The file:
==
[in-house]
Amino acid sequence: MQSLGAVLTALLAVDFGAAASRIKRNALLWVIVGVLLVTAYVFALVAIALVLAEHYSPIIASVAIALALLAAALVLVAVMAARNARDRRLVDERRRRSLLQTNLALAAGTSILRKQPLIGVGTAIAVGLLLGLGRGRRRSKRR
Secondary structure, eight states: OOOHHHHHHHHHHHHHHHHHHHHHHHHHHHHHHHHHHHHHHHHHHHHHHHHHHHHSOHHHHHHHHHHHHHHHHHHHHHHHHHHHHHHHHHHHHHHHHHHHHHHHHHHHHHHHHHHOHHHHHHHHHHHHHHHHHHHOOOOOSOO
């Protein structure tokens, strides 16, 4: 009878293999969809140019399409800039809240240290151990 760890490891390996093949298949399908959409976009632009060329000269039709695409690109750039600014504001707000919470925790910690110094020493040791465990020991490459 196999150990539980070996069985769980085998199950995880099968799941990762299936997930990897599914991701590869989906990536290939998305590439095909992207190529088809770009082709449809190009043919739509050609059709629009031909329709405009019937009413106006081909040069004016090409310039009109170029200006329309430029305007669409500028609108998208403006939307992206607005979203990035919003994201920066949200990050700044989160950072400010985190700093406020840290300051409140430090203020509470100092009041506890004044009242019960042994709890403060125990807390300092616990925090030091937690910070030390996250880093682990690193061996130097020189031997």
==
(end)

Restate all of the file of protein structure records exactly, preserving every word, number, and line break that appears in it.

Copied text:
[in-house]
Amino acid sequence: MQSLGAVLTALLAVDFGAAASRIKRNALLWVIVGVLLVTAYVFALVAIALVLAEHYSPIIASVAIALALLAAALVLVAVMAARNARDRRLVDERRRRSLLQTNLALAAGTSILRKQPLIGVGTAIAVGLLLGLGRGRRRSKRR
Secondary structure, eight states: OOOHHHHHHHHHHHHHHHHHHHHHHHHHHHHHHHHHHHHHHHHHHHHHHHHHHHHSOHHHHHHHHHHHHHHHHHHHHHHHHHHHHHHHHHHHHHHHHHHHHHHHHHHHHHHHHHHOHHHHHHHHHHHHHHHHHHHOOOOOSOO
């Protein structure tokens, strides 16, 4: 009878293999969809140019399409800039809240240290151990 760890490891390996093949298949399908959409976009632009060329000269039709695409690109750039600014504001707000919470925790910690110094020493040791465990020991490459 196999150990539980070996069985769980085998199950995880099968799941990762299936997930990897599914991701590869989906990536290939998305590439095909992207190529088809770009082709449809190009043919739509050609059709629009031909329709405009019937009413106006081909040069004016090409310039009109170029200006329309430029305007669409500028609108998208403006939307992206607005979203990035919003994201920066949200990050700044989160950072400010985190700093406020840290300051409140430090203020509470100092009041506890004044009242019960042994709890403060125990807390300092616990925090030091937690910070030390996250880093682990690193061996130097020189031997």